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Creative Citizen Student Challenge

29 Oct - 1 November 2012, Royal College of Art
Part of AcrossRCA interdisciplinary collaboration week at the RCA

Gail Ramster and Catherine Greene from the Helen Hamlyn Centre for Design ran a three-day cross-disciplinary project with students from across the Royal College of Art called the Creative Citizen Student Challenge. This was part of RCA's AcrossRCA programme, a week devoted to cross-disciplinary working at the college. The brief was based on work in the Creative Citizen project and 20 RCA students took part.

Four teams of students worked with three London based community groups. Each community group set a challenge for the students to respond to in order to kick-start ideas for their specific project. The challenges were launched at the RCA with a representative from each community giving a short presentation about their project and their challenge.

The process
There were only three days to respond to three difficult challenges. The teams, with students from nine RCA programmes: Visual Communication; Service Design; Innovation Design Engineering; Animation; Design Products; Information Experience Design; Design Interactions; Photography and History of Design, spent time with local residents and community participants as well as some 'hard to reach' groups identified by both of the projects. Based on these conversations the students developed ideas getting feedback from the community and, in one case, even prototyping their idea by running a games event with young people at the Mill (and this only by day two). These experiences and ideas were presented on the final day to RCA staff and students for discussion.

At the start of the three days the students had been asked to consider the role of technology in meeting their challenge, whether this was communication technology or more interactive digital intervention. However, it was interesting to see that after spending time on-site in each location, listening to those involved and understanding the needs of the respective projects, each team chose to respond with proposals that relied predominantly on small media and face-to-face initiatives, for example noticeboards, flyers and events, which were only supplemented with a simple online presence. Collectively the teams identified the need for media to be universally accessible, hyperlocal, cheaply reproducible and reliant on resources readily available, such as an A4 colour printer.

The community projects and their challenges

  • Streets Ahead is a group of neighbours in Stockwell, London, with the objective of greening their local urban spaces to create safe places for children to play and neighbours to meet. Their project, Grass Routes, has lead to a local street, once a space for parking cars, being transformed into a shared space with flower beds, trees and children's play equipment. Elaine Kramer, of Streets Ahead, spoke about how, during this process they uncovered local stories and social history – for example, the artist Van Gogh, once lived around the corner. Their challenge was for the students to look at how residents could connect their stories – past, present and future – to the physical spaces of the local area.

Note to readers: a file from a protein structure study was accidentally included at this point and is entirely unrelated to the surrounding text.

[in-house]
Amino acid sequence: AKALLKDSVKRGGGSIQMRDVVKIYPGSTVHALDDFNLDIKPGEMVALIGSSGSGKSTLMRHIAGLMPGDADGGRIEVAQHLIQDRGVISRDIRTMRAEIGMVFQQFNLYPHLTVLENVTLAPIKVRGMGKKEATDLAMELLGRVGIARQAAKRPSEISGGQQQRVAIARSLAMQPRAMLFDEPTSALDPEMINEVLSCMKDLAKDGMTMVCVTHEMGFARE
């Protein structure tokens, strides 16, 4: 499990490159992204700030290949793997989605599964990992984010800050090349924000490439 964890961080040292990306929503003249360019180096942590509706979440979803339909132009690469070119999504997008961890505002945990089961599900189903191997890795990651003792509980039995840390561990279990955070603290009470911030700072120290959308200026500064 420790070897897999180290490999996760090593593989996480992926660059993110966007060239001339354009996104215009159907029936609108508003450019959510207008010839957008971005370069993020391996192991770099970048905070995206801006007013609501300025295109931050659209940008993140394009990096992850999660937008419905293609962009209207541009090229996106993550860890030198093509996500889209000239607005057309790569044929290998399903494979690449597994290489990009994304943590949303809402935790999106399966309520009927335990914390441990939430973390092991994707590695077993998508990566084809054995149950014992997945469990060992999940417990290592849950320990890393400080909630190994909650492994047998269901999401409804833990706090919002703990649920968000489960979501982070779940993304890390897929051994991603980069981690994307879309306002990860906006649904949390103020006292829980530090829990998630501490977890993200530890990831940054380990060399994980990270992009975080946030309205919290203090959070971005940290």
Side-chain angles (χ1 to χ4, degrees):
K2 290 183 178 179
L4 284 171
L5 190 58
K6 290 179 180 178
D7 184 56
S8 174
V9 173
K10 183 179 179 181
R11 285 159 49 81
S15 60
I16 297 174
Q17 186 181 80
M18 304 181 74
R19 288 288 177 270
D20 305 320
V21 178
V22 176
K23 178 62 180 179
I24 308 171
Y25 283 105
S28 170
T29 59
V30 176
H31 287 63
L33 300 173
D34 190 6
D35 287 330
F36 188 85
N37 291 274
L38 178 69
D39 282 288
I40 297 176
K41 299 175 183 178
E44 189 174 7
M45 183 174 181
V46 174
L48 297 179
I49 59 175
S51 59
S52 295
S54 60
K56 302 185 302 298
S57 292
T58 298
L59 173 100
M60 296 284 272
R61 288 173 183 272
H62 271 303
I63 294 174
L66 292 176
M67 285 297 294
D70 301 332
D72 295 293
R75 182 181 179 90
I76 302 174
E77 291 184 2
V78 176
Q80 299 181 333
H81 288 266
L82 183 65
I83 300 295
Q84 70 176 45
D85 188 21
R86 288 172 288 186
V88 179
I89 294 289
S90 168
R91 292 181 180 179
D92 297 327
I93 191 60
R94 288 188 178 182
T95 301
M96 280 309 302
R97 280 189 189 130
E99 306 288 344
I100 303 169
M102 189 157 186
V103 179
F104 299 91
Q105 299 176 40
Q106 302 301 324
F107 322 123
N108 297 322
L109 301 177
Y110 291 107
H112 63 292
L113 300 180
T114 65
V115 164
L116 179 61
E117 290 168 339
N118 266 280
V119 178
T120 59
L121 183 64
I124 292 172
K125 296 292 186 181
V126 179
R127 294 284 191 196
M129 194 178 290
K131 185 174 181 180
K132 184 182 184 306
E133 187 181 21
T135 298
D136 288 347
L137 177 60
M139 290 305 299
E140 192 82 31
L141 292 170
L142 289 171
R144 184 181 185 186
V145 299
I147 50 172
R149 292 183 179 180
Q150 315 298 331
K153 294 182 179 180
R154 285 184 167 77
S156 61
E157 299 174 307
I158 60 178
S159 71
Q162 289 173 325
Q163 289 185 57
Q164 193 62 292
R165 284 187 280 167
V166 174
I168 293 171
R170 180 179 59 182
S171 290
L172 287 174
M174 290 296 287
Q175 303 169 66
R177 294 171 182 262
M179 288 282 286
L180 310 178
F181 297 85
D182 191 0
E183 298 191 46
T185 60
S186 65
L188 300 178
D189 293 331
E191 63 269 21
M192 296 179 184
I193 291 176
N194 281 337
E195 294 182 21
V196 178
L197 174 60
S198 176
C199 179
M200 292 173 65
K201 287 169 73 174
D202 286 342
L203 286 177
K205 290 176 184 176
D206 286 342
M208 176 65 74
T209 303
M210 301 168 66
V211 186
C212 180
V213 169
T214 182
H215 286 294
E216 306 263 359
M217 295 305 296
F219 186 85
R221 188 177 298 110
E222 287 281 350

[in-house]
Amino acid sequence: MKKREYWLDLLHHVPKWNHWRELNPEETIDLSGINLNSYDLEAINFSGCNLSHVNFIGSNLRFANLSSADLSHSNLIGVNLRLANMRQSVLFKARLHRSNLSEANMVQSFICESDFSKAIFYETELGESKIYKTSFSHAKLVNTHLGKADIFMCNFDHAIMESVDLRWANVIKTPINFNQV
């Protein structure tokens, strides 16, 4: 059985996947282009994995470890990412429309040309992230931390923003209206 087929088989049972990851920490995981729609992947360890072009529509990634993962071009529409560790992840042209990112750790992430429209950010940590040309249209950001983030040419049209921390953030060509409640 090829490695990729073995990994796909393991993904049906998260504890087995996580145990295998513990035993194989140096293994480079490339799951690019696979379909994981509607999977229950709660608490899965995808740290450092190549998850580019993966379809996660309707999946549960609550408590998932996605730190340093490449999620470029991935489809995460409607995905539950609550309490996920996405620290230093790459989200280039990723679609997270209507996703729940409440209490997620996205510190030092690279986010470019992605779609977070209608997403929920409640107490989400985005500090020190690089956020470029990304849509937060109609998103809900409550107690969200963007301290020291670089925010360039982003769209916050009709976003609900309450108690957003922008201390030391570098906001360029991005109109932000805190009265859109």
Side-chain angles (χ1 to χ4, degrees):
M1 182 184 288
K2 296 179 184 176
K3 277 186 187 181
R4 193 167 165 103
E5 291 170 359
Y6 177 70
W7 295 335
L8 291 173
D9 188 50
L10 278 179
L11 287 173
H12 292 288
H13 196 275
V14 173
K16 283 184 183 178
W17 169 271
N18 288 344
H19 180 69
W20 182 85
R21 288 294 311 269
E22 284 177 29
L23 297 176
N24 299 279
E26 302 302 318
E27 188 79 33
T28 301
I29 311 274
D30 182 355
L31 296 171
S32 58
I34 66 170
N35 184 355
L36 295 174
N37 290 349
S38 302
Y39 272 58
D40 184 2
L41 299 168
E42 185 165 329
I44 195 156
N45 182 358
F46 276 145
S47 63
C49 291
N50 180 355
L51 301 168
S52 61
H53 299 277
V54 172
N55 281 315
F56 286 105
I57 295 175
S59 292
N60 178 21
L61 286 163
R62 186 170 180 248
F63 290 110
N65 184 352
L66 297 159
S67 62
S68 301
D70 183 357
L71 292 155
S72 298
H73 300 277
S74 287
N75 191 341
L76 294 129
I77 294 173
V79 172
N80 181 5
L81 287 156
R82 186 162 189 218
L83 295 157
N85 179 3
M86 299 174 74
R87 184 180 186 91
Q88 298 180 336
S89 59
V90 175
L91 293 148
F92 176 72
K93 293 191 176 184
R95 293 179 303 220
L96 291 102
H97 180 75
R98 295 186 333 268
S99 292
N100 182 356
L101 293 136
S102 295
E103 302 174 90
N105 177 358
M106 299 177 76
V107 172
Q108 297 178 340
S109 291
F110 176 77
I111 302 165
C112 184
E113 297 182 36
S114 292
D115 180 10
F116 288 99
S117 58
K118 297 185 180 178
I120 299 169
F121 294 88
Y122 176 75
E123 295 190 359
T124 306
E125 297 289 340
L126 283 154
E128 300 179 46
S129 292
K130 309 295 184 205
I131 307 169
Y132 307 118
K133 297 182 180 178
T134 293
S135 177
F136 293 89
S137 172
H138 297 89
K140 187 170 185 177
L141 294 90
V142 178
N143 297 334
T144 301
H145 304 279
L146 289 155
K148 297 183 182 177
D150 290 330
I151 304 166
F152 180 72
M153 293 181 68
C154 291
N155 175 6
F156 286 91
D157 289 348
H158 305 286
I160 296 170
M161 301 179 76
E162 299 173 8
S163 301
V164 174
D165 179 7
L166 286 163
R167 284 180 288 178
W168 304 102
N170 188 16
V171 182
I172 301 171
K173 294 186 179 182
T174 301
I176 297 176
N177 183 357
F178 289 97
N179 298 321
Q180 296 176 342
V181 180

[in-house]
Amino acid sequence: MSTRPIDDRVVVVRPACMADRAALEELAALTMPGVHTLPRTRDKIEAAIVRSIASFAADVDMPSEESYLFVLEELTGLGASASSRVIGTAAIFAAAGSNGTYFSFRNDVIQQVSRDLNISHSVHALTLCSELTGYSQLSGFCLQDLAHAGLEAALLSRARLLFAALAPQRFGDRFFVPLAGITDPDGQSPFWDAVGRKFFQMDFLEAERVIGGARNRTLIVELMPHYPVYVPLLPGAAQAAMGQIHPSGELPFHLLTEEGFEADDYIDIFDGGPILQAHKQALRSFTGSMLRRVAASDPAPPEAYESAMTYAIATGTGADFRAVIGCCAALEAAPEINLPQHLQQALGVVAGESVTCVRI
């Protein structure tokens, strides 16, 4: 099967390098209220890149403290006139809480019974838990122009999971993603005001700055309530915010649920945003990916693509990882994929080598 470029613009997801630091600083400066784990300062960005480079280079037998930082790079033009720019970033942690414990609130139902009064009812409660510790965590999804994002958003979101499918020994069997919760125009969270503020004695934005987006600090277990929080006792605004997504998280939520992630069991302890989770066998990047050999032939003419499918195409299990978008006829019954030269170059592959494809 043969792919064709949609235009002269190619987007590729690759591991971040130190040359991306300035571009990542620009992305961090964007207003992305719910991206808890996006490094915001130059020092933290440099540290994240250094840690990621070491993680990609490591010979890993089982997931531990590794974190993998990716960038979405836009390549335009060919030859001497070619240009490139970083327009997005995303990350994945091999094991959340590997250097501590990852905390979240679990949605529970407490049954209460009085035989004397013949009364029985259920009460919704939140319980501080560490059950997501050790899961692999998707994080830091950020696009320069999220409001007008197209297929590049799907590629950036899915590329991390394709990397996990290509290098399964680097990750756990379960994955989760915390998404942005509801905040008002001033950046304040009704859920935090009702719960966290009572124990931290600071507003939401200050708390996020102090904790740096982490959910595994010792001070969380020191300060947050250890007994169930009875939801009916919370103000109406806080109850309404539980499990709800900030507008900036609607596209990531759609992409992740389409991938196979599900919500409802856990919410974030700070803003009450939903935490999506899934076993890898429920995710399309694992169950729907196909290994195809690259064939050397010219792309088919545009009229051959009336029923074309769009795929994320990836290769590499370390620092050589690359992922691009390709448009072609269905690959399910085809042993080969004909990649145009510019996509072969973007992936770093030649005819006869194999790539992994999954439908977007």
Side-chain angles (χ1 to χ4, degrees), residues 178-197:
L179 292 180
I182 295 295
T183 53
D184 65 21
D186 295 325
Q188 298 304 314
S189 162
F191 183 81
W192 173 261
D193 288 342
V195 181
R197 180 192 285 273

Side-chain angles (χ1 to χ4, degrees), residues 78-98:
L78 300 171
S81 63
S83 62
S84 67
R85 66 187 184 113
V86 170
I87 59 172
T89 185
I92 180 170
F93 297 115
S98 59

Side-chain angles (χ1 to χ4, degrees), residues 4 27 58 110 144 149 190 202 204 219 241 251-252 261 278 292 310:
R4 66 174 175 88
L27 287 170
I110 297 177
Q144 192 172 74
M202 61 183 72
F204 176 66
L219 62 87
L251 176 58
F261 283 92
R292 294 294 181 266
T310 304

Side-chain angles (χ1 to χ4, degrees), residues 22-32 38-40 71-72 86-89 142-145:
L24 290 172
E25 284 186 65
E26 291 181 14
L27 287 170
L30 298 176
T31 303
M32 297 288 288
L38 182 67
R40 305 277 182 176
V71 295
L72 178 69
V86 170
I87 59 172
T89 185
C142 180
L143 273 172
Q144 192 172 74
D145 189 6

• Tate South Lambeth library is a small, local library in Vauxhall, London, situated in a beautiful Victorian building. Once threatened with closure, it now offers film nights, language classes, gardening groups, and other events, as well as having an excellent library service. Daphne De Souza, from the Friends of Tate South Lambeth library spoke about their work to secure the library's future in this culturally diverse part of London, which includes people from Somalia, Eritrea and London's Little Portugal and is an area which is undergoing massive development. She challenged the students to look at how the library could attract, and be attractive to, more local people.
  • The Mill in Walthamstow, London, once a local library, was closed by Waltham Forest Council in 2007. Local residents finally managed to get access in 2011 and begin its transformation into a vibrant neighbourhood centre. With NESTA support it is now home to a poetry group, knitting club, film society, social innovation start-ups, community breakfasts, a mentoring service and many others. It has managed to reach most age groups in the area except the 16 - 24 year olds. In part due to the London riots in 2011, the Mill is very conscious that they must involve this very important age group in their neighbourhood. The challenge posed by Mill trustee and volunteer Ingrid Abreu Scherer, 'What new services, spaces, events could attract teenagers?'